Friday, August 10, 2012

Should You Write a Character Sketch or a Character Biography?

In a past blog post, I extolled the virtues of writing character biographies—a form of prewriting which helps you get to know your main characters before writing the actual story.   

Character bios, I asserted, save you time and frustration by revealing the details which shaped each character’s life. 

Recently, two members of my writing group—both talented writers whose views I respect and have learned from—offered a different view. They prefer to write short character sketches instead of full-length biographies. Sketches, they assert, work best for characters the writer already knows well, whereas bios can become bogged down in extraneous detail.

They make a valid point. And this is a good excuse as any to point out that most writing advice—even tips from this blog—should be viewed as flexible guidelines, not hard and fast rules. What works for one writer may not work at all for the next.

But let's not dismiss the value of writing full-length character biographies. Bios go further than sketches and can help erase blind spots that inevitably come up in your novel. Bios can make your characters round instead of flat by revealing their hidden desires, needs or goals. Bios can even influence the direction of your story in positive ways.

What’s the difference between a character sketch and a character bio?  How do you know which will work for your story?  Let’s define our terms:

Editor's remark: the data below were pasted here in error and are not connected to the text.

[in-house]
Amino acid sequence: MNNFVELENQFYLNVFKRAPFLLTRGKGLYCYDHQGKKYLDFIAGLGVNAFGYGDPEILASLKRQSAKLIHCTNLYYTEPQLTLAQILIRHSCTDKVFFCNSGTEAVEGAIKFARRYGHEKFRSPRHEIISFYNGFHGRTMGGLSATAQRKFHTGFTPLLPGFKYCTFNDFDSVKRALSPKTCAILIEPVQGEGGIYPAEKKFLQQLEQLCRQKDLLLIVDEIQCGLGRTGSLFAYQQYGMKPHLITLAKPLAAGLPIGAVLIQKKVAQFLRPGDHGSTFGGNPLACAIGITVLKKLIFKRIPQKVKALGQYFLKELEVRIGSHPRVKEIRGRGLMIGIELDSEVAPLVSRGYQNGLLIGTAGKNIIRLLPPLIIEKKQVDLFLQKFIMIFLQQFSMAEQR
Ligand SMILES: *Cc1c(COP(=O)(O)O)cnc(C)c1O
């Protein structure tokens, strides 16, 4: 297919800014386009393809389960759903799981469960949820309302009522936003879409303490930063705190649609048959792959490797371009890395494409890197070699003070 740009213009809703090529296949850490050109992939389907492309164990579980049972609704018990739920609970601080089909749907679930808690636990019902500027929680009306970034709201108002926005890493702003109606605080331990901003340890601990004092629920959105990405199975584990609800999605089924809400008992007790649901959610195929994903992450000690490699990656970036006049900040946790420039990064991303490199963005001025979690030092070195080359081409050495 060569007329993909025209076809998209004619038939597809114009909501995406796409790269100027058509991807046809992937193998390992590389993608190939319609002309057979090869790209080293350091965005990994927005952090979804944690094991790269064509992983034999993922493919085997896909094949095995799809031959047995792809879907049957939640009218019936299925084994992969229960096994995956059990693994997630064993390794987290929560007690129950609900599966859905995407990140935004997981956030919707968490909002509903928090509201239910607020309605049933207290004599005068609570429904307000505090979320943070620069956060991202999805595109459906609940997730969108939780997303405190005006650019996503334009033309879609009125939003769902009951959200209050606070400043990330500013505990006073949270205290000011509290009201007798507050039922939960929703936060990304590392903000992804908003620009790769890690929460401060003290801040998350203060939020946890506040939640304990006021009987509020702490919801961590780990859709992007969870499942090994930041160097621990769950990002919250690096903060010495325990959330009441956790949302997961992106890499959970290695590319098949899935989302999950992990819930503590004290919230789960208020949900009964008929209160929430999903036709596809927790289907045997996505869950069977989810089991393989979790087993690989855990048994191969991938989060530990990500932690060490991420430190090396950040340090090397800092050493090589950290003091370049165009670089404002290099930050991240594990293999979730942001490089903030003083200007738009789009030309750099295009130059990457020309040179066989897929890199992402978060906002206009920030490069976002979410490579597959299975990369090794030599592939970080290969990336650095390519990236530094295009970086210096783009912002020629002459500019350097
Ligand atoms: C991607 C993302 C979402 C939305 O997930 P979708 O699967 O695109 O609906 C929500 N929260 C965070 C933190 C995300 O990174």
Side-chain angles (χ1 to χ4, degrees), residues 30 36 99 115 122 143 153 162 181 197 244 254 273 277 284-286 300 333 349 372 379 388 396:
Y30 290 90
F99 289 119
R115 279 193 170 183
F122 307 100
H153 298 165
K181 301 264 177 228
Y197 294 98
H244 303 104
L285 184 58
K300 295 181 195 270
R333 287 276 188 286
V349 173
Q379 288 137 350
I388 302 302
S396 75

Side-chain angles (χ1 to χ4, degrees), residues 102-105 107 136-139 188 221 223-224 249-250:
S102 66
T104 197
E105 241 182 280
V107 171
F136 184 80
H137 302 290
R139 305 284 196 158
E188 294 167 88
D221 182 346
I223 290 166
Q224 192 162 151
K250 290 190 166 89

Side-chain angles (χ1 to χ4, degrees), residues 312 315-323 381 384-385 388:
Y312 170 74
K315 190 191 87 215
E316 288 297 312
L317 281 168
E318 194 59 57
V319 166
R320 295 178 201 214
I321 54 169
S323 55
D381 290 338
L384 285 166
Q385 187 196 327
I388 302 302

• A character sketch is a short description that tries “to capture a character at his or her typical.”  Sketches “only give a snap shot” of the character—an encounter, perhaps, along with a desciption of her mental and physical states, important relationships, and so forth.
  • A character bio, which can be several pages long, takes the form of a narrative which describes every important event in the character’s life up to the time we encounter her in the story. Bios include physical and mental details, relationships (past and present), what she got for birthday presents, who she wanted to date in high school, what her first job was like, what she wore to the prom (or what it felt like not go to the prom), as well as her goals, dreams, and desires.
As Scribendi suggests, there can be some overlap in character sketches and character bios, depending on how detailed you want the former to be.

But if we stick to a hard and fast (and admittedly vague) definition that sketches are short and bios are long, we can discuss the pros and cons of each.

Character Sketches—Pros and Cons

At first glance, character sketches seem like useful shorthand if your novel has many characters or if you don’t want to get too deeply into a character’s back story or inner world. Character sketches are particularly useful for fleshing out secondary characters—those peripheral to the main action or who do not carry the story themselves, such as most of Harry Potter’s classmates and professors in the Harry Potter novels.

Why write sketches for secondary characters? Because you want even them to come across as authentic, believable, “real”. 

(There is, of course, a difference between secondary characters and minor characters ("extras"), who merely serve the needs of the plot. You probably don’t need a character sketch for the waitress who takes your main character’s order in the café, or the policeman who chases him down the alley after mistaking him for a lookalike con artist.)